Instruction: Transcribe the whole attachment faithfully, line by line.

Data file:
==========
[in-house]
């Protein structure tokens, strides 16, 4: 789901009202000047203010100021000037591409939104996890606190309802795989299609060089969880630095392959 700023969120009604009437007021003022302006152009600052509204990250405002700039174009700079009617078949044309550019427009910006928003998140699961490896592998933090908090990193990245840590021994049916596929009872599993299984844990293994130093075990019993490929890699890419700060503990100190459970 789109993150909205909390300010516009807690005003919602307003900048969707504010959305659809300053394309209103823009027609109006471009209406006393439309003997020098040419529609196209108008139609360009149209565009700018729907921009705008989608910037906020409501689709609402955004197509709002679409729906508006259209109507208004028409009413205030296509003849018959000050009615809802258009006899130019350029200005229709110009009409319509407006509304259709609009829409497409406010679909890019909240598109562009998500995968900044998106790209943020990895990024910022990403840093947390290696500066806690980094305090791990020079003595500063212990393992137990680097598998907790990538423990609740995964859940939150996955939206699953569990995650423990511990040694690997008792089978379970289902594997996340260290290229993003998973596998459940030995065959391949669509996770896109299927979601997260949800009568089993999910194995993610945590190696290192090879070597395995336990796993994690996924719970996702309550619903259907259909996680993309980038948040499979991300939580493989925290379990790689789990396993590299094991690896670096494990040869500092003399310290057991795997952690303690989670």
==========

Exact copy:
[in-house]
């Protein structure tokens, strides 16, 4: 789901009202000047203010100021000037591409939104996890606190309802795989299609060089969880630095392959 700023969120009604009437007021003022302006152009600052509204990250405002700039174009700079009617078949044309550019427009910006928003998140699961490896592998933090908090990193990245840590021994049916596929009872599993299984844990293994130093075990019993490929890699890419700060503990100190459970 789109993150909205909390300010516009807690005003919602307003900048969707504010959305659809300053394309209103823009027609109006471009209406006393439309003997020098040419529609196209108008139609360009149209565009700018729907921009705008989608910037906020409501689709609402955004197509709002679409729906508006259209109507208004028409009413205030296509003849018959000050009615809802258009006899130019350029200005229709110009009409319509407006509304259709609009829409497409406010679909890019909240598109562009998500995968900044998106790209943020990895990024910022990403840093947390290696500066806690980094305090791990020079003595500063212990393992137990680097598998907790990538423990609740995964859940939150996955939206699953569990995650423990511990040694690997008792089978379970289902594997996340260290290229993003998973596998459940030995065959391949669509996770896109299927979601997260949800009568089993999910194995993610945590190696290192090879070597395995336990796993994690996924719970996702309550619903259907259909996680993309980038948040499979991300939580493989925290379990790689789990396993590299094991690896670096494990040869500092003399310290057991795997952690303690989670």